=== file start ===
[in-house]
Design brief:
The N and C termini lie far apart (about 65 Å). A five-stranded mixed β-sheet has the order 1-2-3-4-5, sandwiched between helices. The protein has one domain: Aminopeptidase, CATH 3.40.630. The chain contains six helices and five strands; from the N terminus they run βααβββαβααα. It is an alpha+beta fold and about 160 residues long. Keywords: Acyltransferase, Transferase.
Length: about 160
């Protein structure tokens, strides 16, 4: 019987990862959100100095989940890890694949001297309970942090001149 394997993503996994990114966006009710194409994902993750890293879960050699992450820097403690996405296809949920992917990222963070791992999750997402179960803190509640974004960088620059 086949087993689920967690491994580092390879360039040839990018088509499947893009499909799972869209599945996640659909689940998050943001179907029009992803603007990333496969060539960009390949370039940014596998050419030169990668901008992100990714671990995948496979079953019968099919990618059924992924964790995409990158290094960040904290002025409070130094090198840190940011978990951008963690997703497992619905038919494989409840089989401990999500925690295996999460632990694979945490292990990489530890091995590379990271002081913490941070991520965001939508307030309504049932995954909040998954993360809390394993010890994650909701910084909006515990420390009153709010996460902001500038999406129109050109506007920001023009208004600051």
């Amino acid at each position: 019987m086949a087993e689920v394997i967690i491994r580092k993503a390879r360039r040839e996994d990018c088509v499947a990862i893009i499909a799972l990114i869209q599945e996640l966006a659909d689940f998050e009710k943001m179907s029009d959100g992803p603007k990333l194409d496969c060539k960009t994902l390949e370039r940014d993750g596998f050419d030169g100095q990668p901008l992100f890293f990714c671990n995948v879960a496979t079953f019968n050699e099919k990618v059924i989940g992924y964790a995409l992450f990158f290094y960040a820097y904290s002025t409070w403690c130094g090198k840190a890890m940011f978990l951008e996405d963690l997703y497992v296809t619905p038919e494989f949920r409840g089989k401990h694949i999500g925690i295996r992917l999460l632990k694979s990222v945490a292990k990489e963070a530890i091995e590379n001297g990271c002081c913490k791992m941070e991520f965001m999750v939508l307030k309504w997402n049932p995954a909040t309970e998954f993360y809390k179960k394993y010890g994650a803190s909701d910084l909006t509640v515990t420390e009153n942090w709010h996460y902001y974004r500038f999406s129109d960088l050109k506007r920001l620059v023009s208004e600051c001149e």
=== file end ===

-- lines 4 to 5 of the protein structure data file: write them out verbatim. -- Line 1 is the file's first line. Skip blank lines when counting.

Length: about 160
């Protein structure tokens, strides 16, 4: 019987990862959100100095989940890890694949001297309970942090001149 394997993503996994990114966006009710194409994902993750890293879960050699992450820097403690996405296809949920992917990222963070791992999750997402179960803190509640974004960088620059 086949087993689920967690491994580092390879360039040839990018088509499947893009499909799972869209599945996640659909689940998050943001179907029009992803603007990333496969060539960009390949370039940014596998050419030169990668901008992100990714671990995948496979079953019968099919990618059924992924964790995409990158290094960040904290002025409070130094090198840190940011978990951008963690997703497992619905038919494989409840089989401990999500925690295996999460632990694979945490292990990489530890091995590379990271002081913490941070991520965001939508307030309504049932995954909040998954993360809390394993010890994650909701910084909006515990420390009153709010996460902001500038999406129109050109506007920001023009208004600051």